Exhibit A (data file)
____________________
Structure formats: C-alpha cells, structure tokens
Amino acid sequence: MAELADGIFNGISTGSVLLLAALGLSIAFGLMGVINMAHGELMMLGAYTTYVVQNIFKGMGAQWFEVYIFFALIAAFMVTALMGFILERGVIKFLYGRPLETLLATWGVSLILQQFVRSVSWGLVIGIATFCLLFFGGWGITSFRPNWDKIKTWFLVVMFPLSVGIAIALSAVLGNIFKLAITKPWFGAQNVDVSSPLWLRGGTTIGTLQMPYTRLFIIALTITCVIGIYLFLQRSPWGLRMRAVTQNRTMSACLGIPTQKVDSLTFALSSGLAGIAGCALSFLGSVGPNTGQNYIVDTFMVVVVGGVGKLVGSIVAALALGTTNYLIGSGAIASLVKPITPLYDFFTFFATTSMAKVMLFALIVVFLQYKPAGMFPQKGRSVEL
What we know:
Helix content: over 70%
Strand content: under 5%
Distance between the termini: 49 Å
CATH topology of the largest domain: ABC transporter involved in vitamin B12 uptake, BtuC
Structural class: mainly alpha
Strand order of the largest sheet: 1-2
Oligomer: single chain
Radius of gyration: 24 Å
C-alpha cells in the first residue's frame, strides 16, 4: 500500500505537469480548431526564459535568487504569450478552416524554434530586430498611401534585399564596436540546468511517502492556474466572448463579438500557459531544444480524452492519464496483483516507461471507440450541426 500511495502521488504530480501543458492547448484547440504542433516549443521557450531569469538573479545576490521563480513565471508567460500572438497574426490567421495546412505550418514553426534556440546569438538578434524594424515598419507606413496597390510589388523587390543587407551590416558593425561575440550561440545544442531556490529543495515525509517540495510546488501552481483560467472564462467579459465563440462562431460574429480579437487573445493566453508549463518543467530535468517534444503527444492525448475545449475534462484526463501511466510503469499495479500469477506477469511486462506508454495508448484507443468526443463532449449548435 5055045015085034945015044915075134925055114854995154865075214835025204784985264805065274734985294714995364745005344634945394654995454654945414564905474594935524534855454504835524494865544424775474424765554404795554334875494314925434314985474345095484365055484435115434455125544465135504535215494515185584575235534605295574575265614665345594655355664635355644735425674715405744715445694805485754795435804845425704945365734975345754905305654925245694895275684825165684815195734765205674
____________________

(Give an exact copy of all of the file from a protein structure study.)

Structure formats: C-alpha cells, structure tokens
Amino acid sequence: MAELADGIFNGISTGSVLLLAALGLSIAFGLMGVINMAHGELMMLGAYTTYVVQNIFKGMGAQWFEVYIFFALIAAFMVTALMGFILERGVIKFLYGRPLETLLATWGVSLILQQFVRSVSWGLVIGIATFCLLFFGGWGITSFRPNWDKIKTWFLVVMFPLSVGIAIALSAVLGNIFKLAITKPWFGAQNVDVSSPLWLRGGTTIGTLQMPYTRLFIIALTITCVIGIYLFLQRSPWGLRMRAVTQNRTMSACLGIPTQKVDSLTFALSSGLAGIAGCALSFLGSVGPNTGQNYIVDTFMVVVVGGVGKLVGSIVAALALGTTNYLIGSGAIASLVKPITPLYDFFTFFATTSMAKVMLFALIVVFLQYKPAGMFPQKGRSVEL
What we know:
Helix content: over 70%
Strand content: under 5%
Distance between the termini: 49 Å
CATH topology of the largest domain: ABC transporter involved in vitamin B12 uptake, BtuC
Structural class: mainly alpha
Strand order of the largest sheet: 1-2
Oligomer: single chain
Radius of gyration: 24 Å
C-alpha cells in the first residue's frame, strides 16, 4: 500500500505537469480548431526564459535568487504569450478552416524554434530586430498611401534585399564596436540546468511517502492556474466572448463579438500557459531544444480524452492519464496483483516507461471507440450541426 500511495502521488504530480501543458492547448484547440504542433516549443521557450531569469538573479545576490521563480513565471508567460500572438497574426490567421495546412505550418514553426534556440546569438538578434524594424515598419507606413496597390510589388523587390543587407551590416558593425561575440550561440545544442531556490529543495515525509517540495510546488501552481483560467472564462467579459465563440462562431460574429480579437487573445493566453508549463518543467530535468517534444503527444492525448475545449475534462484526463501511466510503469499495479500469477506477469511486462506508454495508448484507443468526443463532449449548435 5055045015085034945015044915075134925055114854995154865075214835025204784985264805065274734985294714995364745005344634945394654995454654945414564905474594935524534855454504835524494865544424775474424765554404795554334875494314925434314985474345095484365055484435115434455125544465135504535215494515185584575235534605295574575265614665345594655355664635355644735425674715405744715445694805485754795435804845425704945365734975345754905305654925245694895275684825165684815195734765205674